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Day 8 - The Registry of Deeds

Paul Gorry with researchers Barbara and Joan in front of the Registry of Deeds

The Registry of Deeds began operation in 1708 and records not only land deeds, conveyances marriage settlements, mortgages among other documents. There was never a requirement to file a deed so it does not represent every transaction. It was mostly used when there was the possibility of a legal action in the future. The vast majority of the records, especially in the early years was for Protestants. You might find your Catholic ancestors mentioned in the mid to late 19th and 20th century.

Paul Gorry, met four researchers there today to explain and assist in the use of these records. There are two sets of indexes...a Grantor index and a Placename Index. There is no Grantee index. Once you find a entry of interest in one of the indexes, you need to take down the year, volume, memorial number and page, and then go to another set of books to find the memorial (which is a transcription of the document).

Since not everyone needs to go to the Deeds, the rest of the researchers were off at various repositories they visited earlier in the week.

Here are some highlights of the trip.

Hi Donna. I would like to share with you my  exciting find at the NAI. Filling in time waiting for another requested file to be delivered, I perused the filing boxes on the side wall.  A label caught my eye...”Memorandums to Chief Secretary.“ Worth a look as I had read previous Memorandums in Australian Convict Records.  And there I found a file card for a letter to the Governor of Ireland, the Marquis of Wellesly  from Mary Wooll.  The letter still intact after 198 years was her begging the Governor to grant clemency for her husband sentenced to Transportation to Australia for life. He had changed a 1 pound note to a 5 pound note and was caught by authorities.  Mary described her husband as a good man, the father of 7 children. She wrote that the children were starving and recently had Typhus.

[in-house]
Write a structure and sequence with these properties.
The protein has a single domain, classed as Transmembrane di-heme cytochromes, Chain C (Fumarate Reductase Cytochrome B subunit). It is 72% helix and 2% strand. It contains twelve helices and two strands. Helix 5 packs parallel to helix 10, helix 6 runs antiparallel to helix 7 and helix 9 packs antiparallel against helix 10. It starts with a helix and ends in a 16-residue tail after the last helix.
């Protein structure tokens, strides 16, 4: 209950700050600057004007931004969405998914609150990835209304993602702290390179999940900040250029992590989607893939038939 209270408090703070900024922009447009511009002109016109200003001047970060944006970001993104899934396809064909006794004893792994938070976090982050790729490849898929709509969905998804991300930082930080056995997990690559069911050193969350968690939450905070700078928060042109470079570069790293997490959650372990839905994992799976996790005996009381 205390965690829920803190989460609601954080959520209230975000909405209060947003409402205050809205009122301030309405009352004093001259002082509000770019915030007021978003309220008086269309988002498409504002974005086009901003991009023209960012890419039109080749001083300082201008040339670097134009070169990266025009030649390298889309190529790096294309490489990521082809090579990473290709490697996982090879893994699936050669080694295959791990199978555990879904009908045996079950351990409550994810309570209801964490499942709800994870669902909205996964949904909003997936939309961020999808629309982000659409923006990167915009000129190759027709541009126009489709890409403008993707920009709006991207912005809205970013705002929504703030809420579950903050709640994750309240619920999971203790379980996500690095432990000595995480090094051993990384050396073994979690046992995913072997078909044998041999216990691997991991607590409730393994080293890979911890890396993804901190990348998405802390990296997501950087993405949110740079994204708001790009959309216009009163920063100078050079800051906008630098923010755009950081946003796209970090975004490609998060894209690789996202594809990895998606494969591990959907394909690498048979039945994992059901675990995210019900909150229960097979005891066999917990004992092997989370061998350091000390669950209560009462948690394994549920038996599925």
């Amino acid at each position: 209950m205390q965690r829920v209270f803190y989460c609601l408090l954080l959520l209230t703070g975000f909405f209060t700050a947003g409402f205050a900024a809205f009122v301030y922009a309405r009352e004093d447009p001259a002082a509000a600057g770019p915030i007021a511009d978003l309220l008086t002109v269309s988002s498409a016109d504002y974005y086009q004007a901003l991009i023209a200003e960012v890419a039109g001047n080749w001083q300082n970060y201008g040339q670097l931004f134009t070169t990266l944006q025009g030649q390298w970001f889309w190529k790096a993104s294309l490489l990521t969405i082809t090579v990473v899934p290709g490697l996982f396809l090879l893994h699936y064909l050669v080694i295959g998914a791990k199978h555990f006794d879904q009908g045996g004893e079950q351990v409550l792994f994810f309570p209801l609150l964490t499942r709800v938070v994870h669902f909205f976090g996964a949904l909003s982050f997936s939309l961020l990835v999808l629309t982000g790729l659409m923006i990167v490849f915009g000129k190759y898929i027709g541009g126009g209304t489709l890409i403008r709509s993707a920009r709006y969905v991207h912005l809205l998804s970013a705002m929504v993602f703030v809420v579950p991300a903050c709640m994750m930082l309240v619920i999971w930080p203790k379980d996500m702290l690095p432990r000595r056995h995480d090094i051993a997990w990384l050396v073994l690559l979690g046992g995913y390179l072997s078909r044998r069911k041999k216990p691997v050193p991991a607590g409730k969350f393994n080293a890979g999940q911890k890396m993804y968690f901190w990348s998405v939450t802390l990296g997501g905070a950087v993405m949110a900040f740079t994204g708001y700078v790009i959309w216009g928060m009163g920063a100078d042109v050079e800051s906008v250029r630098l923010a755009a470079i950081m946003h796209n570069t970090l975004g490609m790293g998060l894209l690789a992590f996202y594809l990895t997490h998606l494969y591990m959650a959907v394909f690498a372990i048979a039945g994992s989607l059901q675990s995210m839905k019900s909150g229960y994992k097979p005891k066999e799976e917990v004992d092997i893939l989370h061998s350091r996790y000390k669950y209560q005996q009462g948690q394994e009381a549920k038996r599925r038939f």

In spite of the letter James Wooll was transported in 1825.  But I do know the happy ending of the story.  James was sent to work for a land owner who treated him fairly. The landowner petitioned the governor of the colony for James Wooll’s family to be sent to join him. They arrived 5 years later. The daughters all married well and James and Mary lived comfortably until old age. Mary my great, great grandmother died at 91.

Thus without being on this trip I would have never seen this letter and would have not known the beginning of the story.  Thank you for your help.  Glenis Hickey


I'm having such a great time here. I really appreciate Donna's 'hand-holding' with experience with directions and most especially, with how to successfully navigate the repositories and arranging orientations too.

Monday I found a signature for my great-great-grandfather at the RCBL. Fun to discover that he signed his name with the O (in O'Harrigan) in 1860 -- not all records spell it that way! The Valuation Office Wednesday was particularly successful and valuable. I discovered previously unknown kin who shared rented plots after the Griffith's valuation, and learned when my ancestors left the area too.

Can't wait to see what today's research brings! Ann Raymont


I have some additional stories I'll share tomorrow.

This evening the group had an evening of music and storytelling at the Brazen Head Pub...the oldest pub in Dublin. A good time was had by all.

Happy Hunting!

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